New Law Mandates Hybrid and Electric Vehicles Must Make Noises for Safety

by , 01/07/11

electric car, electric car noise, hybrid car noise, hybrid car safety act, john kerry, obama electric car, how to hear an electric car, electric car safety, hybrid car safety

One of the inherent positives for those gas guzzling vehicles is the sound of their internal combustion engine. This alone can often act as a warning signal for pedestrians and cyclists to get out of the way. In the wake of some hefty debate about safety issues related to the silence of hybrid and electric vehicles, President Obama has just signed legislation mandating that all vehicles on the road must make some noise.

electric car, electric car noise, hybrid car noise, hybrid car safety act, john kerry, obama electric car, how to hear an electric car, electric car safety, hybrid car safety

“The blind, like all pedestrians, must be able to travel to work, to school, to church, and to other places in our communities, and we must be able to hear vehicles in order to do so,” said Dr. Marc Maurer, president of the National Federation of the Blind. “This law, which is the result of collaboration among blind Americans, automobile manufacturers, and legislators, will benefit all pedestrians for generations to come as new vehicle technologies become more prevalent,” he added.

The legislation is lovingly titled the Pedestrian Safety Enhancement Act of 2009 and was spearheaded by Senator John Kerry of Massachusetts. It was helped along by members of The National Federation for the Blind, also backed by the Association of International Automobile Manufacturers and the Alliance of Automobile Manufacturers.

Already, the Nissan Leaf makes a sound to warn pedestrians when it is traveling at slow speeds, and the Chevy Volt has a driver operated chirping sound to warn pedestrians. Now that the Pedestrian Safety Enhancement Act has been signed into law, the Secretary of Transportation is required to research and report to Congress on how much sound a car must generate in order to make it safe. Only time will tell if chirping will do the trick.

Via Torque News

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  1. Volt Owner July 7, 2013 at 1:05 pm

    Inherent Positives? Tell that to an owner of an expensive auto who paid to get the quietest car possible. This is the stupidest law I have seen in years. Totally misses the fact that some luxury ICE vehicles are totally silent at slow speeds, doesn’t it? Let’s include those by specifying a particular loudness level, below which _any_ car is required to make sounds. This is simply attacking a class of vehicles (electric powered) as “too quiet”. Why not pick on Rolls Royce for being “too quiet”?

    What next? Suppose someone invents totally noiseless tires, will the law be expanded to include speeds above 18MPH then?

    This whole thing smacks of Big Oil, I’d like to see where the major funding for the bill came from…

    As a cyclist myself, I can tell you that the first sound I hear when a car is approaching from the rear is tire noise, never engine noise.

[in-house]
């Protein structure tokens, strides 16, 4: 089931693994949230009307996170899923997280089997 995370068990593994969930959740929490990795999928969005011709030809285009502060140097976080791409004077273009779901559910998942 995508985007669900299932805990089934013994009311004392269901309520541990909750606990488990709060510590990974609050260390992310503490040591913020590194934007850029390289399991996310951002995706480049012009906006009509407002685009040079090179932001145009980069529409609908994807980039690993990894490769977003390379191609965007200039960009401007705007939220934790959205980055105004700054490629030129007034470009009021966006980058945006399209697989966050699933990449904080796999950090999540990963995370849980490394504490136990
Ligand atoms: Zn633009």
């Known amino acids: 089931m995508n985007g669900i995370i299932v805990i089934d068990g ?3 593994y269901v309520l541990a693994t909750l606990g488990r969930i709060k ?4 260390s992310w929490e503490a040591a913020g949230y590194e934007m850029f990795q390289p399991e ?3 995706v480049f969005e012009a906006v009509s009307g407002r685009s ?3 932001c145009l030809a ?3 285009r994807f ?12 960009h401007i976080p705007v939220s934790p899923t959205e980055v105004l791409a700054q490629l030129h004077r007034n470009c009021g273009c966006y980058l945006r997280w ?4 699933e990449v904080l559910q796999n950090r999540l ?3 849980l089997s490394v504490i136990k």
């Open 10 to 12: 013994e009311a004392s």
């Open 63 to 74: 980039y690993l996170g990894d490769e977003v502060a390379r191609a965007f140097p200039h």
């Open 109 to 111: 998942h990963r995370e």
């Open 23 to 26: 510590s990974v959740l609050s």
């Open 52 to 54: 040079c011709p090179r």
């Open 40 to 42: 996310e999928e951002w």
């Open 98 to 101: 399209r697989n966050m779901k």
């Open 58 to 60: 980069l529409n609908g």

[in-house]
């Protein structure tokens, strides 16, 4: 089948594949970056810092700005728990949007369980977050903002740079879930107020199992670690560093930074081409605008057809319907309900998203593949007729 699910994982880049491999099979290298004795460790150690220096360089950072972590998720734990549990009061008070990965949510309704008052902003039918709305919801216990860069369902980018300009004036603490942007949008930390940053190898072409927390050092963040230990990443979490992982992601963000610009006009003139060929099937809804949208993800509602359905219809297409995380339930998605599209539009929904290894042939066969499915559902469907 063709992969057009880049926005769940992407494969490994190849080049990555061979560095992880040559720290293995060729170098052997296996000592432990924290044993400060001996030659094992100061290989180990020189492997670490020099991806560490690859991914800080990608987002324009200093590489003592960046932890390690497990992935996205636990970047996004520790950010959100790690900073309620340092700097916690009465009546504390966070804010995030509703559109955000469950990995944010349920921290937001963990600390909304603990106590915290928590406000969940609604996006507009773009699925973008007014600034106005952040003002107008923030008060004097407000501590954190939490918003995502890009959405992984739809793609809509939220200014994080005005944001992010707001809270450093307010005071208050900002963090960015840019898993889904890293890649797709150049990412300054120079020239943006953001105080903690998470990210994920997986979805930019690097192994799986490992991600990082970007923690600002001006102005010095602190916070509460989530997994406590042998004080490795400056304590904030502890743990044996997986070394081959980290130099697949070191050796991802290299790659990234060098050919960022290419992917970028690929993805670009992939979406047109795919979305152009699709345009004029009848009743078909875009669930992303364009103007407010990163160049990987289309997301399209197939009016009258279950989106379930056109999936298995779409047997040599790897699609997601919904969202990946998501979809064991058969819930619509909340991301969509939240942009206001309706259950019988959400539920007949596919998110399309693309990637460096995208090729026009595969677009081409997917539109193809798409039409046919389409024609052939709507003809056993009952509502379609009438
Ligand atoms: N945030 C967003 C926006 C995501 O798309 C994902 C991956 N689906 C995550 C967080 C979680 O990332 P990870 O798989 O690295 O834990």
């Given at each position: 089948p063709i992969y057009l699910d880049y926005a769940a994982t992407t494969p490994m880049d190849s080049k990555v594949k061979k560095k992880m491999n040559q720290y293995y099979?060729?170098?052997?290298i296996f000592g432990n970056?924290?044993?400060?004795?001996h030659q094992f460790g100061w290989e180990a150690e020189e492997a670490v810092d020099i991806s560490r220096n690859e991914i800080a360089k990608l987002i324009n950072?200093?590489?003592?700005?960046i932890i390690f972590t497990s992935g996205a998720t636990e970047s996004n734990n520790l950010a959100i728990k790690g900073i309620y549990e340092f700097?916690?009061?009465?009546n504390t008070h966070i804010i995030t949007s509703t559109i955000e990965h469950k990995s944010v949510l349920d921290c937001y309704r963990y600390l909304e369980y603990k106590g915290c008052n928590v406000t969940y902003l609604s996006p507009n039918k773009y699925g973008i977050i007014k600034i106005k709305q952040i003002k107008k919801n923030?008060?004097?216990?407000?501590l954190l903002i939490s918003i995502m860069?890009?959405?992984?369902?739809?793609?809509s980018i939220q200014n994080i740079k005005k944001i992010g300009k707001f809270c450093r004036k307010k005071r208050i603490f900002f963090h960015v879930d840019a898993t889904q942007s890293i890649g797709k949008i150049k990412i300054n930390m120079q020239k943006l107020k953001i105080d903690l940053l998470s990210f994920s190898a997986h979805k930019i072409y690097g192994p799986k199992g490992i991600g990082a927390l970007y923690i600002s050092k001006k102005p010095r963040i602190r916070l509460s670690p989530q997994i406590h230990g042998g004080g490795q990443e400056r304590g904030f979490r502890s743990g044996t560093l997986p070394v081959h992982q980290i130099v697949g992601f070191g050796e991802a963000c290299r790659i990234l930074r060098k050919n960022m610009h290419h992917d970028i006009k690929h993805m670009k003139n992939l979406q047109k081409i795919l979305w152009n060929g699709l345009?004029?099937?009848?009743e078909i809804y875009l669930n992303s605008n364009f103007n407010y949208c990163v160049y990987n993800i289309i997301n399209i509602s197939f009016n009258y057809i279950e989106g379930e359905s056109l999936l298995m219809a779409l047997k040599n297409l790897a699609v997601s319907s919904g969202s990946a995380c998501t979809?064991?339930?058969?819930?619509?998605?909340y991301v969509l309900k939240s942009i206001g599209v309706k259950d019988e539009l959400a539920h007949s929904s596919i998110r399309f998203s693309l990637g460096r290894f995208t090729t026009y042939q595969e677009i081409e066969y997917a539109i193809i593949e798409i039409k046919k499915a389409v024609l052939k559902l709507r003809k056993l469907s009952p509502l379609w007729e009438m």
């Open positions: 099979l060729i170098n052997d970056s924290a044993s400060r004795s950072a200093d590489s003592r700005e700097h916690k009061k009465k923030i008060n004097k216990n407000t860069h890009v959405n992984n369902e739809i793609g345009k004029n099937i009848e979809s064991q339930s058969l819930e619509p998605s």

2. Road Safety March 23, 2013 at 6:22 am

    Why we need to make the cars noisy, when the cars have a buzz???
    maybe we need to educate our drivers on how using the buzz properly…

  3. payattention7 January 9, 2013 at 7:14 pm

    this law by the same ineffective congress that spends our money too freely!!

  4. NGNEER09 January 12, 2011 at 11:33 am

    It would be great to be able to reduce the noise on the highways, especially in the inner city. Perhaps it can be a function of speed, with speeds over 50 or 55 mph getting noise reductions.

    In my eyes, other roads do require some vehicular noise for safety.

  5. Green Electricity January 10, 2011 at 12:03 am

    Electric cars are a breed of their own, admittedly. Making them “chirp” for ped safety is good, but loud or soft won’t mean a thing to the hearing-impaired, same as conventional cars. And besides, it kind of defeats the “inherent positive” of EVs, which is that they are not noise-pollutants.

  6. pauldodo January 7, 2011 at 4:17 pm

    How come nobody thinks of resurfacing the roads to make the vehicles noisier? Could be tuned to make it unbearable inside the car if going too fast, or to play them tunes if at a safe speed?

    And a still car is a silent car. Oh, and smooth grooves just wide enough for bikes could be left.

    Oh, all the possibilities….

  7. T-D January 7, 2011 at 4:07 pm

    Cyclist here – being able to hear cars is very important to my safety. Sound can tell me if there’s a car in a blind driveway about to pull out, it can tell me what traffic behind me is doing, it can tell me if the bus at a stop is getting ready to pull out; hearing a car is just as important to my safety as being able to see a car.

  8. goinglikesixty January 7, 2011 at 3:22 pm

    Stupid. Michaeljanzen is right. Or how about we all promise to drag our aluminum cans behind the car.

    Which BTW: What kind of car is shown in the top pic?

  9. michaeljanzen January 7, 2011 at 1:08 pm

    LMAO… can’t we just all promise to listen to our radios really really loud?

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